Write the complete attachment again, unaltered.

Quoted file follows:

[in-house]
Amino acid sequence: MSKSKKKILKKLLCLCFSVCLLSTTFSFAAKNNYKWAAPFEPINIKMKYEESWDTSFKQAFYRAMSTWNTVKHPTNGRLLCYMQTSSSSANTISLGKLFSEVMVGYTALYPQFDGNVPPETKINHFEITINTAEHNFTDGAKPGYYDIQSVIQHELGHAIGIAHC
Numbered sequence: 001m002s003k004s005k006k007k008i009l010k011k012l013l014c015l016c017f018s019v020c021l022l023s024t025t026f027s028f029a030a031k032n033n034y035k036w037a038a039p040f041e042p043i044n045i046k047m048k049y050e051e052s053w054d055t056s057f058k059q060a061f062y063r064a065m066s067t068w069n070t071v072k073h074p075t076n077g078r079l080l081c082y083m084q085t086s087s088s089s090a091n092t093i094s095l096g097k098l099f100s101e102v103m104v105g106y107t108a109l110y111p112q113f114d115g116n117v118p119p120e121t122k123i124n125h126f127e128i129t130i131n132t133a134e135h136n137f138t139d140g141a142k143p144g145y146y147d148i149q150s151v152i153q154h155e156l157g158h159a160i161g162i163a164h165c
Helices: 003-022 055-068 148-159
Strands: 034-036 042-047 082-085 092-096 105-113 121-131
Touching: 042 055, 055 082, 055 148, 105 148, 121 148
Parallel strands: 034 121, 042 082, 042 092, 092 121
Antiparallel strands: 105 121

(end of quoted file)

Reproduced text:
[in-house]
Amino acid sequence: MSKSKKKILKKLLCLCFSVCLLSTTFSFAAKNNYKWAAPFEPINIKMKYEESWDTSFKQAFYRAMSTWNTVKHPTNGRLLCYMQTSSSSANTISLGKLFSEVMVGYTALYPQFDGNVPPETKINHFEITINTAEHNFTDGAKPGYYDIQSVIQHELGHAIGIAHC
Numbered sequence: 001m002s003k004s005k006k007k008i009l010k011k012l013l014c015l016c017f018s019v020c021l022l023s024t025t026f027s028f029a030a031k032n033n034y035k036w037a038a039p040f041e042p043i044n045i046k047m048k049y050e051e052s053w054d055t056s057f058k059q060a061f062y063r064a065m066s067t068w069n070t071v072k073h074p075t076n077g078r079l080l081c082y083m084q085t086s087s088s089s090a091n092t093i094s095l096g097k098l099f100s101e102v103m104v105g106y107t108a109l110y111p112q113f114d115g116n117v118p119p120e121t122k123i124n125h126f127e128i129t130i131n132t133a134e135h136n137f138t139d140g141a142k143p144g145y146y147d148i149q150s151v152i153q154h155e156l157g158h159a160i161g162i163a164h165c
Helices: 003-022 055-068 148-159
Strands: 034-036 042-047 082-085 092-096 105-113 121-131
Touching: 042 055, 055 082, 055 148, 105 148, 121 148
Parallel strands: 034 121, 042 082, 042 092, 092 121
Antiparallel strands: 105 121